After some Googling and thanks to the tasting notes on this site, I was finally able to have a good session with it. Used 4g of leaf for 100ml and steeped 3 times: 1m @ 155 F, 20s @ 160 F, and 45s @ 165 F. Keeping the temperature low and leaf quantity high is the key here. The resulting brew had a sugar pea sweetness mingled with spring grass and pronounced umami. It has a mildly bitter but pleasant edge to it and the umami lingers into the aftertaste.
Flavors: Snow Peas, Umami, Wheatgrass
Spring 2020 harvest.
Been a while since I’ve dabbled in yancha. The oily texture and heavy roast usually turns me off but this one has a unique flavor that’s just delightful.
The lovely aroma of roasted peaches and chocolate surprised me. The aromatics resemble a dan cong more than a typical wuyi oolong. I brewed it grandpa style as I usually do with this kind of tea. It has a familiar but gentler taste of wet rocks with floral accents and a fruity finish. Notes of brown sugar and hazelnut. Glides across the tongue smoothly without any ashiness.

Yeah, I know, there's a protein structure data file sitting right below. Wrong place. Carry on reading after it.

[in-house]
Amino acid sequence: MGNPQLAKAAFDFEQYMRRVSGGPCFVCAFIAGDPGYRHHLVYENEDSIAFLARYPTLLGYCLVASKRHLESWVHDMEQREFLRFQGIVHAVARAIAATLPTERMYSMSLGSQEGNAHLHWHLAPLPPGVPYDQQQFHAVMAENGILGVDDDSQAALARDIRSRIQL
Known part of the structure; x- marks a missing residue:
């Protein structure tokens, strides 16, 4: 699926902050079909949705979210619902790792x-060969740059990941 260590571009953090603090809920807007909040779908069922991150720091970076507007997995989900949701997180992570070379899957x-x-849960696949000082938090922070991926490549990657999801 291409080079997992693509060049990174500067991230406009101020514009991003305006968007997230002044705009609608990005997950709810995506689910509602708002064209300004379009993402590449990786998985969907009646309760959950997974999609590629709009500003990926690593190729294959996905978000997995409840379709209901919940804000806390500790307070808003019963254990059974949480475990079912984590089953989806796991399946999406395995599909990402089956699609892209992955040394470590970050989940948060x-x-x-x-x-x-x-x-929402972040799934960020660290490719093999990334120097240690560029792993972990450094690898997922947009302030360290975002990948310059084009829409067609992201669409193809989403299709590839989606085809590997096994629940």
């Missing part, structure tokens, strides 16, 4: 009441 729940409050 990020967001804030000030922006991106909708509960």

A quite refined and elegant yancha with a lot of aromatic complexity and lingering fruitiness.
Flavors: Fruity, Juicy, Peach, Wet Rocks
Picked this up from TJ Maxx as I needed a cheap and convenient bagged jasmine green for homemade taro bubble tea. It certainly served the purpose but I was surprised at how good it tastes on its own. It has a fresh, clean jasmine flavor without the bitterness or weird taste that low grade jasmine tea usually has. You don’t really taste the green tea base but that’s fine by me. I just want the flavor of pure jasmine flowers in my cup.